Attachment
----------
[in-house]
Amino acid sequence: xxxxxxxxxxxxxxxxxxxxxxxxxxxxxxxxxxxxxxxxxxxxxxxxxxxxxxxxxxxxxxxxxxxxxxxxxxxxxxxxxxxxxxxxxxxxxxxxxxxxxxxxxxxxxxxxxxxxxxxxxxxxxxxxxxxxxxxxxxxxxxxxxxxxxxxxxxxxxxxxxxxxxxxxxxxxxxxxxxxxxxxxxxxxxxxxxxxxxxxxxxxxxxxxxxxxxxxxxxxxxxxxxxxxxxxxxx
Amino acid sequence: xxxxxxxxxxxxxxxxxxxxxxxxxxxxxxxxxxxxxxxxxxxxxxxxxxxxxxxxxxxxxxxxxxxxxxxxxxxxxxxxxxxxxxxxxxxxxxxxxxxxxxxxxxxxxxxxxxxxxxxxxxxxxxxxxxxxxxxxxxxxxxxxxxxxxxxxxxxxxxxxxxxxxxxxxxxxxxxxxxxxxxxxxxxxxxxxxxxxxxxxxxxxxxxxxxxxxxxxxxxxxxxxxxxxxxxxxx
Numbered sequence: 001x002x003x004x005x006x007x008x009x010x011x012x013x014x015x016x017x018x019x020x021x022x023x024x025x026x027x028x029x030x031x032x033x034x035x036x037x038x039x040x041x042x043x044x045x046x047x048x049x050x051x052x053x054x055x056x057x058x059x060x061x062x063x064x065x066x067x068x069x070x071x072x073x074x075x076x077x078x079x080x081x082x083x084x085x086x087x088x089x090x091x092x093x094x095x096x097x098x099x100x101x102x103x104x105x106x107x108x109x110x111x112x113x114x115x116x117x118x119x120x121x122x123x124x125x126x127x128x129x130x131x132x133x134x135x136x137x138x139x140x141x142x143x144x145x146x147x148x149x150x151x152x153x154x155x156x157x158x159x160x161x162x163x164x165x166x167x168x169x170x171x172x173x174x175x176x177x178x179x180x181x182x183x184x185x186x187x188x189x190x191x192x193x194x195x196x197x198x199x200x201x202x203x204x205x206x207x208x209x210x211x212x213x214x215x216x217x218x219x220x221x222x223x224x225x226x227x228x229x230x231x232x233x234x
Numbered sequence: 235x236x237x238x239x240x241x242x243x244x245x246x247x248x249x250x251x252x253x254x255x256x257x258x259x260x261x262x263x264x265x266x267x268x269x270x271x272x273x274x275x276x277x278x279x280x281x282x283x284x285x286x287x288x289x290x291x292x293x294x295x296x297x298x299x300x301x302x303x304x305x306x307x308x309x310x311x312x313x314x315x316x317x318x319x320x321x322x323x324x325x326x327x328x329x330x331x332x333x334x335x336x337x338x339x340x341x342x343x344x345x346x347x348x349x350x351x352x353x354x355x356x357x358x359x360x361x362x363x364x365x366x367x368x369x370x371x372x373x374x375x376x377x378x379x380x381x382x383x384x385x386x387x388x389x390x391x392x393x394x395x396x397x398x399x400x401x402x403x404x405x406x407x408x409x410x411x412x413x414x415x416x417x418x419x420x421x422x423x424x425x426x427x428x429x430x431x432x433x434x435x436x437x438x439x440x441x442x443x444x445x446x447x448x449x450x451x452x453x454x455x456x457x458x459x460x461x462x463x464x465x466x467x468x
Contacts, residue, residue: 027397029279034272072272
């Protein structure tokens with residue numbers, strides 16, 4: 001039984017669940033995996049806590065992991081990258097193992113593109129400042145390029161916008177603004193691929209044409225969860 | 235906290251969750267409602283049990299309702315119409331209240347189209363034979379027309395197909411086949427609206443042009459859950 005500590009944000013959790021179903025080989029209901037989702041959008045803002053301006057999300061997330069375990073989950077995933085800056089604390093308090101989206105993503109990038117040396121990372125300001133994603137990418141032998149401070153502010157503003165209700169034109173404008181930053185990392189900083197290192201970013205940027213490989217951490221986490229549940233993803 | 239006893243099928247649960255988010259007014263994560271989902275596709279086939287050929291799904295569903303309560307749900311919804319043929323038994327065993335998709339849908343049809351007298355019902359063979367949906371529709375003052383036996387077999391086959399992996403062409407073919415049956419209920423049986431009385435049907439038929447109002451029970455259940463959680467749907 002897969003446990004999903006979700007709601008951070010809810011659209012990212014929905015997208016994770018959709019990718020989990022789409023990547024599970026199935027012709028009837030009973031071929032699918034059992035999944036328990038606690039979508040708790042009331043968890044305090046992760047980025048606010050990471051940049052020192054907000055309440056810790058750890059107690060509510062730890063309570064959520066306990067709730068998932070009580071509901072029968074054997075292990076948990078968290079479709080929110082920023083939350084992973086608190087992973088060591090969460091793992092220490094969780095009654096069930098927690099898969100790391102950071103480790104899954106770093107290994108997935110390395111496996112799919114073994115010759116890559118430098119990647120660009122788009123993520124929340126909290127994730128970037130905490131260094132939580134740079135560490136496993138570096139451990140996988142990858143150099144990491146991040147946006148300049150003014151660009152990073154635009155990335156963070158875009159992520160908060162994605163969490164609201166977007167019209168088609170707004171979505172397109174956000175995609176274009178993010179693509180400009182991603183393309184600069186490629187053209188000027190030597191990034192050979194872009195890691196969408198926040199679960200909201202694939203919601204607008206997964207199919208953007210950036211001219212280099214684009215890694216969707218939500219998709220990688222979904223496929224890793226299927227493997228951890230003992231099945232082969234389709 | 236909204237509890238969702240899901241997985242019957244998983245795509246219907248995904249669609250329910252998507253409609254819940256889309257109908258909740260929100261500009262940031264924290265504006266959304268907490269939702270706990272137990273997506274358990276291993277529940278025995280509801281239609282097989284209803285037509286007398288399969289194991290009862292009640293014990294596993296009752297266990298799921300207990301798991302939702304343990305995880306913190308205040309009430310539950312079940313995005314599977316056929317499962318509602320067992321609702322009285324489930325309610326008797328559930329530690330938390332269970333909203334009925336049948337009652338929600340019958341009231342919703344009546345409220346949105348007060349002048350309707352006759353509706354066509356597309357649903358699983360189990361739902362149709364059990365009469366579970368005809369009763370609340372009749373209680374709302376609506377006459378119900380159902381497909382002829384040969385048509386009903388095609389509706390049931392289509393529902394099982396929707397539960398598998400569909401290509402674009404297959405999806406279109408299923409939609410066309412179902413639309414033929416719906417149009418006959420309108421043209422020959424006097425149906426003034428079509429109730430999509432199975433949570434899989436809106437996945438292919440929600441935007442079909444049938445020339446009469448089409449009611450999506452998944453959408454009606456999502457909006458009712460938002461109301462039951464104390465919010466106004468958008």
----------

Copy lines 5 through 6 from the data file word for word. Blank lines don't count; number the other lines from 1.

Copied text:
Numbered sequence: 235x236x237x238x239x240x241x242x243x244x245x246x247x248x249x250x251x252x253x254x255x256x257x258x259x260x261x262x263x264x265x266x267x268x269x270x271x272x273x274x275x276x277x278x279x280x281x282x283x284x285x286x287x288x289x290x291x292x293x294x295x296x297x298x299x300x301x302x303x304x305x306x307x308x309x310x311x312x313x314x315x316x317x318x319x320x321x322x323x324x325x326x327x328x329x330x331x332x333x334x335x336x337x338x339x340x341x342x343x344x345x346x347x348x349x350x351x352x353x354x355x356x357x358x359x360x361x362x363x364x365x366x367x368x369x370x371x372x373x374x375x376x377x378x379x380x381x382x383x384x385x386x387x388x389x390x391x392x393x394x395x396x397x398x399x400x401x402x403x404x405x406x407x408x409x410x411x412x413x414x415x416x417x418x419x420x421x422x423x424x425x426x427x428x429x430x431x432x433x434x435x436x437x438x439x440x441x442x443x444x445x446x447x448x449x450x451x452x453x454x455x456x457x458x459x460x461x462x463x464x465x466x467x468x
Contacts, residue, residue: 027397029279034272072272